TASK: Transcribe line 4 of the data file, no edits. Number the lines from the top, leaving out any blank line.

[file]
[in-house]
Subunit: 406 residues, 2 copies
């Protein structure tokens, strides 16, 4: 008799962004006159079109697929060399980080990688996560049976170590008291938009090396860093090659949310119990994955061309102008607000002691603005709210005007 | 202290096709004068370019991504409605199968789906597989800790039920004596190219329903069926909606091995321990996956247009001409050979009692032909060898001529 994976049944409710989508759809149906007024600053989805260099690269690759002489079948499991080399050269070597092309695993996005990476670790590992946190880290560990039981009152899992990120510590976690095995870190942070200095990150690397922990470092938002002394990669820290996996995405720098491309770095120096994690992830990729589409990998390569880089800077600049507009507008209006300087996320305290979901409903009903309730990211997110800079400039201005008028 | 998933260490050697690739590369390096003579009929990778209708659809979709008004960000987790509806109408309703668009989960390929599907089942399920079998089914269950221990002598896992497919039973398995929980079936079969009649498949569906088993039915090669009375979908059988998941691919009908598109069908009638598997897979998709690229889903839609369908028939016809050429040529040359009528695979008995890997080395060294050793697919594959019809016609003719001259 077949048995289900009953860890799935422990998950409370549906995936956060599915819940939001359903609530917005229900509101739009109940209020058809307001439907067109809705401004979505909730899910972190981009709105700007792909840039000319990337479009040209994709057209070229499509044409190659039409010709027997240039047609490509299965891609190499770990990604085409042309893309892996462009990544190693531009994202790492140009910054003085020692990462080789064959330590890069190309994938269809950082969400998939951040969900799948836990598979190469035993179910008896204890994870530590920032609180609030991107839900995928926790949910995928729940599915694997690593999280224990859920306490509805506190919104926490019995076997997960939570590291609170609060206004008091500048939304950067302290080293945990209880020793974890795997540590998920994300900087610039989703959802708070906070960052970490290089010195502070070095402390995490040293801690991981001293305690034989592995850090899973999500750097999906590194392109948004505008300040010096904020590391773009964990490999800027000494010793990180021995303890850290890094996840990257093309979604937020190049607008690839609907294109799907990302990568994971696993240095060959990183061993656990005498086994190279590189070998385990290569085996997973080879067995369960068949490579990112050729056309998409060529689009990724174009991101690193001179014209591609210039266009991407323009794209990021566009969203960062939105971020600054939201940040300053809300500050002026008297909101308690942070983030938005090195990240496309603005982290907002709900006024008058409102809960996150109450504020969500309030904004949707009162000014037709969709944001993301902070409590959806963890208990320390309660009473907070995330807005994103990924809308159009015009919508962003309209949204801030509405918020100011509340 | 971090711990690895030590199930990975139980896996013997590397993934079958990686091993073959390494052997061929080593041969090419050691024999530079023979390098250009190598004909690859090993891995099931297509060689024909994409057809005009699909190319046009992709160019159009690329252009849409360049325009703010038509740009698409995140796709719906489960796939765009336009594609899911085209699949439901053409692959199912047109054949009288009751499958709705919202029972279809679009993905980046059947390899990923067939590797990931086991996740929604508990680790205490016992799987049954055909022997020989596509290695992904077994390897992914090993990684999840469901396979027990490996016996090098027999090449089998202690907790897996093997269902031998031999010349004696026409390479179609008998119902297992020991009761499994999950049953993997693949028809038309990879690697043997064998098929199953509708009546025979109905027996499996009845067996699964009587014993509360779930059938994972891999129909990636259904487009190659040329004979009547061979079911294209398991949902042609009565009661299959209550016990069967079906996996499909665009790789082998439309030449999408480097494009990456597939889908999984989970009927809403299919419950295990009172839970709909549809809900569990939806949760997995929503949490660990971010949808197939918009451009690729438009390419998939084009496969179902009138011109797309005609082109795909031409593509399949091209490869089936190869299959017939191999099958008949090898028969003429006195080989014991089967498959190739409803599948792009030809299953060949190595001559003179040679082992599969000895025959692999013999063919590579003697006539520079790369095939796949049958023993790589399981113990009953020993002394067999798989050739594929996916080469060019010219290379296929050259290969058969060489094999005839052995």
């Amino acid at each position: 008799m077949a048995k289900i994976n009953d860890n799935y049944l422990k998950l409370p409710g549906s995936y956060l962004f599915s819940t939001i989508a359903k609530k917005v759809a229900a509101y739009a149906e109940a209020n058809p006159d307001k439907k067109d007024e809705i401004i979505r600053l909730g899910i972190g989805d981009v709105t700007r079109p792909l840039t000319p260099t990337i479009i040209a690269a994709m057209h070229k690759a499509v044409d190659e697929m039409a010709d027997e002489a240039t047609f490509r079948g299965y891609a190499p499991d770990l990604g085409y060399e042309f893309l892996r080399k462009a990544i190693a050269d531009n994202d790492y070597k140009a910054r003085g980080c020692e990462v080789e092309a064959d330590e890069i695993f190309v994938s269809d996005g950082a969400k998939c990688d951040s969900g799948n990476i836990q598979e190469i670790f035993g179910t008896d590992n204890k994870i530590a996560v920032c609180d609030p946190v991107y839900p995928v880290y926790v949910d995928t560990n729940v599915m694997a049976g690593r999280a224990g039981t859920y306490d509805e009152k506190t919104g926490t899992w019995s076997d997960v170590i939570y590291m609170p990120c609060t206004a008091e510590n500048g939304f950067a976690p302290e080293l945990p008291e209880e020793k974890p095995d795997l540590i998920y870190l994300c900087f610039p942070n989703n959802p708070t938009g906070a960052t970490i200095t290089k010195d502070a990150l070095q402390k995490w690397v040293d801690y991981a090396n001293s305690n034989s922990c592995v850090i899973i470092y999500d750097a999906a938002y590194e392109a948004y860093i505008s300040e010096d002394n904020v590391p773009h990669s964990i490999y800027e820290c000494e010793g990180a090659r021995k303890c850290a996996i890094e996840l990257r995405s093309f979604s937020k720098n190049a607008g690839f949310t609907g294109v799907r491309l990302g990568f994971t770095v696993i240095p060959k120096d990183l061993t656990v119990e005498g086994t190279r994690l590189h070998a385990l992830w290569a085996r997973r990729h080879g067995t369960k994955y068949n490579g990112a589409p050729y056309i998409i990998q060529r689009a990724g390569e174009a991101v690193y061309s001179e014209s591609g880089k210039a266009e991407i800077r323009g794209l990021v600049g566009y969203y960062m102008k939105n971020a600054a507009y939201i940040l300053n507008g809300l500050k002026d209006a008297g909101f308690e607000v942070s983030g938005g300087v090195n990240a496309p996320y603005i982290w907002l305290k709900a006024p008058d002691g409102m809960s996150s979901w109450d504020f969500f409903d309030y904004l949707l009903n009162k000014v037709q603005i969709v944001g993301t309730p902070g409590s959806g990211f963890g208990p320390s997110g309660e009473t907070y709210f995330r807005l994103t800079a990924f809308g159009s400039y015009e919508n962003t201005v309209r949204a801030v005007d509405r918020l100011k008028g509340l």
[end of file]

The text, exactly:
């Amino acid at each position: 008799m077949a048995k289900i994976n009953d860890n799935y049944l422990k998950l409370p409710g549906s995936y956060l962004f599915s819940t939001i989508a359903k609530k917005v759809a229900a509101y739009a149906e109940a209020n058809p006159d307001k439907k067109d007024e809705i401004i979505r600053l909730g899910i972190g989805d981009v709105t700007r079109p792909l840039t000319p260099t990337i479009i040209a690269a994709m057209h070229k690759a499509v044409d190659e697929m039409a010709d027997e002489a240039t047609f490509r079948g299965y891609a190499p499991d770990l990604g085409y060399e042309f893309l892996r080399k462009a990544i190693a050269d531009n994202d790492y070597k140009a910054r003085g980080c020692e990462v080789e092309a064959d330590e890069i695993f190309v994938s269809d996005g950082a969400k998939c990688d951040s969900g799948n990476i836990q598979e190469i670790f035993g179910t008896d590992n204890k994870i530590a996560v920032c609180d609030p946190v991107y839900p995928v880290y926790v949910d995928t560990n729940v599915m694997a049976g690593r999280a224990g039981t859920y306490d509805e009152k506190t919104g926490t899992w019995s076997d997960v170590i939570y590291m609170p990120c609060t206004a008091e510590n500048g939304f950067a976690p302290e080293l945990p008291e209880e020793k974890p095995d795997l540590i998920y870190l994300c900087f610039p942070n989703n959802p708070t938009g906070a960052t970490i200095t290089k010195d502070a990150l070095q402390k995490w690397v040293d801690y991981a090396n001293s305690n034989s922990c592995v850090i899973i470092y999500d750097a999906a938002y590194e392109a948004y860093i505008s300040e010096d002394n904020v590391p773009h990669s964990i490999y800027e820290c000494e010793g990180a090659r021995k303890c850290a996996i890094e996840l990257r995405s093309f979604s937020k720098n190049a607008g690839f949310t609907g294109v799907r491309l990302g990568f994971t770095v696993i240095p060959k120096d990183l061993t656990v119990e005498g086994t190279r994690l590189h070998a385990l992830w290569a085996r997973r990729h080879g067995t369960k994955y068949n490579g990112a589409p050729y056309i998409i990998q060529r689009a990724g390569e174009a991101v690193y061309s001179e014209s591609g880089k210039a266009e991407i800077r323009g794209l990021v600049g566009y969203y960062m102008k939105n971020a600054a507009y939201i940040l300053n507008g809300l500050k002026d209006a008297g909101f308690e607000v942070s983030g938005g300087v090195n990240a496309p996320y603005i982290w907002l305290k709900a006024p008058d002691g409102m809960s996150s979901w109450d504020f969500f409903d309030y904004l949707l009903n009162k000014v037709q603005i969709v944001g993301t309730p902070g409590s959806g990211f963890g208990p320390s997110g309660e009473t907070y709210f995330r807005l994103t800079a990924f809308g159009s400039y015009e919508n962003t201005v309209r949204a801030v005007d509405r918020l100011k008028g509340l």